Like any other archaeological question, there is no one ready-made solution to apply automatically to get the desired result. The case of the rampart at the hill-fort of Hedeby discussed in the paper does not demand an in-depth approach in analysing the soil samples. Hence, organic chemical analysis and trace element analysis would be unnecessary because of the nature of the site and the questions which should be answered at this stage. More details about the adapted approach is in the Purpose and aim section.

2. Hedeby

4 Fig. 2: Danevirke's location in Schleswig-Holstein marked in white rectangle in the first map to the left. Its location in relation to Hedeby in the upper map to the right. And lastly, the rampart of Hedeby in relation to the hill-fort of Hedeby (white polygon) in the lower map to the right. Maps are from Open Street Maps, processed in ArcGIS 10.1.


The hill-fort of Hedeby, the Hochburg, lays north-east of the Viking settlement of Hedeby on a ridge plateau, by the lake Haddebyer Noor, nowadays in the north of Germany. Not a lot is known of the hill-fort, despite its spatial closeness to the well-studied settlement, maybe even because of this closeness (Kalmring In press), the story of this site has been historically obscured since the attention was naturally turn to the main Viking settlement. Still, addressing the hill-fort archaeologically has to take into attention this proximity to the settlement.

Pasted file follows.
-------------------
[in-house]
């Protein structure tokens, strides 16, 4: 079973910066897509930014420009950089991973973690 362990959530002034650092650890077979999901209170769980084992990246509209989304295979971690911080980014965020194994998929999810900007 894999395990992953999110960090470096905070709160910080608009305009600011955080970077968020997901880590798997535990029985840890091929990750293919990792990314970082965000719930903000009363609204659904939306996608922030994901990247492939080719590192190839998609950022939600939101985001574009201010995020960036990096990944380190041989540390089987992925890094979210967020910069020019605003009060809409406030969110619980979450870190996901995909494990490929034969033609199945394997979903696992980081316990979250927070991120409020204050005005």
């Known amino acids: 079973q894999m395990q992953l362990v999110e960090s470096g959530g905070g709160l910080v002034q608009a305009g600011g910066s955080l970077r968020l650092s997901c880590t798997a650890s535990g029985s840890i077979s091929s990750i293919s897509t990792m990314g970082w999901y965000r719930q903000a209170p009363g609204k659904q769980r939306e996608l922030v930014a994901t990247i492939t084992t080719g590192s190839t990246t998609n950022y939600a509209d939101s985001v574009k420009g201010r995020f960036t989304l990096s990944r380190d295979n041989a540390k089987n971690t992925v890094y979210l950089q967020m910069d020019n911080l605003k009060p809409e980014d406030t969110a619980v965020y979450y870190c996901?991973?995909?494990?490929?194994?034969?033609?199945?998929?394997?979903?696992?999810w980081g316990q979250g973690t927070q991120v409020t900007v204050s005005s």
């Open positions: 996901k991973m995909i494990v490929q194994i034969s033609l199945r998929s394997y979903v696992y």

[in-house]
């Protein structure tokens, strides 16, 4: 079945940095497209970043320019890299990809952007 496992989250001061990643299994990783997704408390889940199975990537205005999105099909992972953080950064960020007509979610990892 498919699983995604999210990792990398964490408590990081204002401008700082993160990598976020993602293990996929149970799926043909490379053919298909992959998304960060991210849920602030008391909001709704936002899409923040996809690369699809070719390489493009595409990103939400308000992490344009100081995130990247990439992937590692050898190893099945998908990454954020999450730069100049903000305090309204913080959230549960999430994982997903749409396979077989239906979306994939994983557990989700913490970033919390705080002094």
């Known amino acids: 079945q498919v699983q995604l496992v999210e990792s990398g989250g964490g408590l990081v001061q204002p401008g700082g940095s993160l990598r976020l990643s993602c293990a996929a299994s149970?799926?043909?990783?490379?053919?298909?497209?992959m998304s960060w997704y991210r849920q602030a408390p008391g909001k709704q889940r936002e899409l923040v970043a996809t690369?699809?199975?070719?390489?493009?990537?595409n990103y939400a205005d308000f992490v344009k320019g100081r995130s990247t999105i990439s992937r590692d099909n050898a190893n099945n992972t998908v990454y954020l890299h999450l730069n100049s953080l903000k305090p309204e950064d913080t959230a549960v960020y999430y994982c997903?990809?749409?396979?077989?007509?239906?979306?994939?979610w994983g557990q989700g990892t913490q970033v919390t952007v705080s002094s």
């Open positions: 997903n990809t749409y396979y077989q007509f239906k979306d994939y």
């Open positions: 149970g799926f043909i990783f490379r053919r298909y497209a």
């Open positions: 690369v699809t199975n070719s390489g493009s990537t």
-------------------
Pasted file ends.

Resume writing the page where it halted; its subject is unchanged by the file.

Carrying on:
The first time the site’s semi-circular rampart of the settlement was identified as the same Hedeby mentioned in the rune stones from the same area was 1898 by a Danish archaeologist called Müller. The earliest building phase of the semicircular rampart around the settlement of

Hedeby was dated to around the 10th century CE (Dobat 2008, 39). Also, since the

semicircular wall around the settlement passed through different phases of construction, namely that the early phase was a smaller with “modest structure” and then when incorporated with the connection wall of the Danevirke it was strengthened and made bigger (Dobat 2008, 42). The last military usage of the rampart at Hedeby was during the First Schleswig War when it was reinforced but not used in war acts. While at least a part of the hill-fort rampart was considered part of the Danevirke (Kalmring, In press).

As expected in a Viking settlement, the diet in Hedeby consisted of mainly fish, and the inhabitants had a connection to a big trade network that included importing lots of foreign goods, like red deer antlers and goat horn as raw material to be processed locally (Grupe et al. 2013, 139). Furthermore, excavations in the harbour site of Hedeby after discovering a shipwreck showed the evidence of a complex trade-friendly structures to accommodate the growing use of boats and ships (Kalmring 2010), further supporting the network connections.